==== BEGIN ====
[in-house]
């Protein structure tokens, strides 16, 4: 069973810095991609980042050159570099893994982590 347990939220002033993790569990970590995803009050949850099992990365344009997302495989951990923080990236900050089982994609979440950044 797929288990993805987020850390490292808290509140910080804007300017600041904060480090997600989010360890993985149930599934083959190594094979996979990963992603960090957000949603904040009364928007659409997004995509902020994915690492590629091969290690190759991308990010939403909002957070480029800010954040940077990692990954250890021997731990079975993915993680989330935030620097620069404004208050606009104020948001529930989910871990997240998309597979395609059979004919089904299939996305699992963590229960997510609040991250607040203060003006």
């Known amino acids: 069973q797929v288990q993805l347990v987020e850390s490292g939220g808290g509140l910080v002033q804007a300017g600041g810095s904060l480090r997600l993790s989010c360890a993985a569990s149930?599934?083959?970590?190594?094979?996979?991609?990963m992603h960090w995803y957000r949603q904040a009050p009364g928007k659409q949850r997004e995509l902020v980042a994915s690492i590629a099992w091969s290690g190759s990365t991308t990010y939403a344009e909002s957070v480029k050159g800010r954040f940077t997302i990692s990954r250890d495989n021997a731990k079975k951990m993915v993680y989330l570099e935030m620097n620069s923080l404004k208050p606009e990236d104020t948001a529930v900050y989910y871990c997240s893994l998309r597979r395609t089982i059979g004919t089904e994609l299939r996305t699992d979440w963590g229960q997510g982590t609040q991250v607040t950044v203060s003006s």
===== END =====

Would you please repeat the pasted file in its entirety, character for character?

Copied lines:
[in-house]
């Protein structure tokens, strides 16, 4: 069973810095991609980042050159570099893994982590 347990939220002033993790569990970590995803009050949850099992990365344009997302495989951990923080990236900050089982994609979440950044 797929288990993805987020850390490292808290509140910080804007300017600041904060480090997600989010360890993985149930599934083959190594094979996979990963992603960090957000949603904040009364928007659409997004995509902020994915690492590629091969290690190759991308990010939403909002957070480029800010954040940077990692990954250890021997731990079975993915993680989330935030620097620069404004208050606009104020948001529930989910871990997240998309597979395609059979004919089904299939996305699992963590229960997510609040991250607040203060003006």
């Known amino acids: 069973q797929v288990q993805l347990v987020e850390s490292g939220g808290g509140l910080v002033q804007a300017g600041g810095s904060l480090r997600l993790s989010c360890a993985a569990s149930?599934?083959?970590?190594?094979?996979?991609?990963m992603h960090w995803y957000r949603q904040a009050p009364g928007k659409q949850r997004e995509l902020v980042a994915s690492i590629a099992w091969s290690g190759s990365t991308t990010y939403a344009e909002s957070v480029k050159g800010r954040f940077t997302i990692s990954r250890d495989n021997a731990k079975k951990m993915v993680y989330l570099e935030m620097n620069s923080l404004k208050p606009e990236d104020t948001a529930v900050y989910y871990c997240s893994l998309r597979r395609t089982i059979g004919t089904e994609l299939r996305t699992d979440w963590g229960q997510g982590t609040q991250v607040t950044v203060s003006s």